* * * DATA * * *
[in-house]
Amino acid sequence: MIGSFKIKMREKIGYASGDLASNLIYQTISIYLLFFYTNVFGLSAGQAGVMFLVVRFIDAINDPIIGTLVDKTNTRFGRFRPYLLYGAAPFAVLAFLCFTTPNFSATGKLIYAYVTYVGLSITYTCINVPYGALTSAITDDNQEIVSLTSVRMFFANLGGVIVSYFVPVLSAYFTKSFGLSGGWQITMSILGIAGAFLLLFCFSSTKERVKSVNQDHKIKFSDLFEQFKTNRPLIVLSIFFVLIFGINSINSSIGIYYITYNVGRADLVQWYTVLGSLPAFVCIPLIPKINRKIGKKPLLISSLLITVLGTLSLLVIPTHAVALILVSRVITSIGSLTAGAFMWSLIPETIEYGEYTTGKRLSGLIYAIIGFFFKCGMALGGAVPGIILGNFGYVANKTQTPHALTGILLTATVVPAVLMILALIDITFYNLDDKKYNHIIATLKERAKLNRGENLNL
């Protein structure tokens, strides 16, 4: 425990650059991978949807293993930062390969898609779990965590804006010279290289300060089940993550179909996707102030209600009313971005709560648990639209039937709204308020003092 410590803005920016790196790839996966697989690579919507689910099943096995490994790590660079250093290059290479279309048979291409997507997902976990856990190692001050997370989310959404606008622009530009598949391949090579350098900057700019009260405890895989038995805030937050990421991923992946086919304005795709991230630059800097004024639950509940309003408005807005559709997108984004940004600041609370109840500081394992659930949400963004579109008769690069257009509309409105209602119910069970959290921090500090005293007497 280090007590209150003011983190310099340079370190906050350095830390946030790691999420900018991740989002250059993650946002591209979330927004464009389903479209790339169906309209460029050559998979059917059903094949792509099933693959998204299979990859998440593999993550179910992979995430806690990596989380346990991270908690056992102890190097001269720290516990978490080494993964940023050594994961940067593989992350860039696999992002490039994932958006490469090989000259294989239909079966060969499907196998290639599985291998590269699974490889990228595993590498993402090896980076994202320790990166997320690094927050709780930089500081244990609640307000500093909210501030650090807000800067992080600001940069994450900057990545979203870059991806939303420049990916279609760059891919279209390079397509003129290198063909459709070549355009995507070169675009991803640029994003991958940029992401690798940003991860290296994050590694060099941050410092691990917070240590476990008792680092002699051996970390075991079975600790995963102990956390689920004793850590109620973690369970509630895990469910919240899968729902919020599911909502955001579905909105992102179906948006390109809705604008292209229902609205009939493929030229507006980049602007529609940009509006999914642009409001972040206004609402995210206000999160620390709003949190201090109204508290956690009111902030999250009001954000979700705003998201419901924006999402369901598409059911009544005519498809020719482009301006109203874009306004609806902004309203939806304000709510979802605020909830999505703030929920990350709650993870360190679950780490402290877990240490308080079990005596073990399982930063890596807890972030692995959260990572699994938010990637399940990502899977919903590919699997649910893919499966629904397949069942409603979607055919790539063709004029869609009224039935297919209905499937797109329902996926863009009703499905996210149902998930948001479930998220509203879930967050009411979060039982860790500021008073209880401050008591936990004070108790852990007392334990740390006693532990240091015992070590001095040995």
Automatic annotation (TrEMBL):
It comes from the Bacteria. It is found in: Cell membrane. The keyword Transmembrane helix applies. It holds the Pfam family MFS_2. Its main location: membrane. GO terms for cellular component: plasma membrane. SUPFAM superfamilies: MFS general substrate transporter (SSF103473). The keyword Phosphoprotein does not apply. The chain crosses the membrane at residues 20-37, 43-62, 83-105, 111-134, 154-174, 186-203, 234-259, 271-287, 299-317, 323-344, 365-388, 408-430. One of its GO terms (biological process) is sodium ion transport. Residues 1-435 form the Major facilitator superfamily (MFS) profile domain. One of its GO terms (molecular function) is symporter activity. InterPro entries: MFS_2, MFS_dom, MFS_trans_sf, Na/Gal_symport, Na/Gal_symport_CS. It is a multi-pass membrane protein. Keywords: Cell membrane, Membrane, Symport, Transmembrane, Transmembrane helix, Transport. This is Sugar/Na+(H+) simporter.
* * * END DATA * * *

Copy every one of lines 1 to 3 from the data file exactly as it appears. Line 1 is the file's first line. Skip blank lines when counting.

[in-house]
Amino acid sequence: MIGSFKIKMREKIGYASGDLASNLIYQTISIYLLFFYTNVFGLSAGQAGVMFLVVRFIDAINDPIIGTLVDKTNTRFGRFRPYLLYGAAPFAVLAFLCFTTPNFSATGKLIYAYVTYVGLSITYTCINVPYGALTSAITDDNQEIVSLTSVRMFFANLGGVIVSYFVPVLSAYFTKSFGLSGGWQITMSILGIAGAFLLLFCFSSTKERVKSVNQDHKIKFSDLFEQFKTNRPLIVLSIFFVLIFGINSINSSIGIYYITYNVGRADLVQWYTVLGSLPAFVCIPLIPKINRKIGKKPLLISSLLITVLGTLSLLVIPTHAVALILVSRVITSIGSLTAGAFMWSLIPETIEYGEYTTGKRLSGLIYAIIGFFFKCGMALGGAVPGIILGNFGYVANKTQTPHALTGILLTATVVPAVLMILALIDITFYNLDDKKYNHIIATLKERAKLNRGENLNL
């Protein structure tokens, strides 16, 4: 425990650059991978949807293993930062390969898609779990965590804006010279290289300060089940993550179909996707102030209600009313971005709560648990639209039937709204308020003092 410590803005920016790196790839996966697989690579919507689910099943096995490994790590660079250093290059290479279309048979291409997507997902976990856990190692001050997370989310959404606008622009530009598949391949090579350098900057700019009260405890895989038995805030937050990421991923992946086919304005795709991230630059800097004024639950509940309003408005807005559709997108984004940004600041609370109840500081394992659930949400963004579109008769690069257009509309409105209602119910069970959290921090500090005293007497 280090007590209150003011983190310099340079370190906050350095830390946030790691999420900018991740989002250059993650946002591209979330927004464009389903479209790339169906309209460029050559998979059917059903094949792509099933693959998204299979990859998440593999993550179910992979995430806690990596989380346990991270908690056992102890190097001269720290516990978490080494993964940023050594994961940067593989992350860039696999992002490039994932958006490469090989000259294989239909079966060969499907196998290639599985291998590269699974490889990228595993590498993402090896980076994202320790990166997320690094927050709780930089500081244990609640307000500093909210501030650090807000800067992080600001940069994450900057990545979203870059991806939303420049990916279609760059891919279209390079397509003129290198063909459709070549355009995507070169675009991803640029994003991958940029992401690798940003991860290296994050590694060099941050410092691990917070240590476990008792680092002699051996970390075991079975600790995963102990956390689920004793850590109620973690369970509630895990469910919240899968729902919020599911909502955001579905909105992102179906948006390109809705604008292209229902609205009939493929030229507006980049602007529609940009509006999914642009409001972040206004609402995210206000999160620390709003949190201090109204508290956690009111902030999250009001954000979700705003998201419901924006999402369901598409059911009544005519498809020719482009301006109203874009306004609806902004309203939806304000709510979802605020909830999505703030929920990350709650993870360190679950780490402290877990240490308080079990005596073990399982930063890596807890972030692995959260990572699994938010990637399940990502899977919903590919699997649910893919499966629904397949069942409603979607055919790539063709004029869609009224039935297919209905499937797109329902996926863009009703499905996210149902998930948001479930998220509203879930967050009411979060039982860790500021008073209880401050008591936990004070108790852990007392334990740390006693532990240091015992070590001095040995």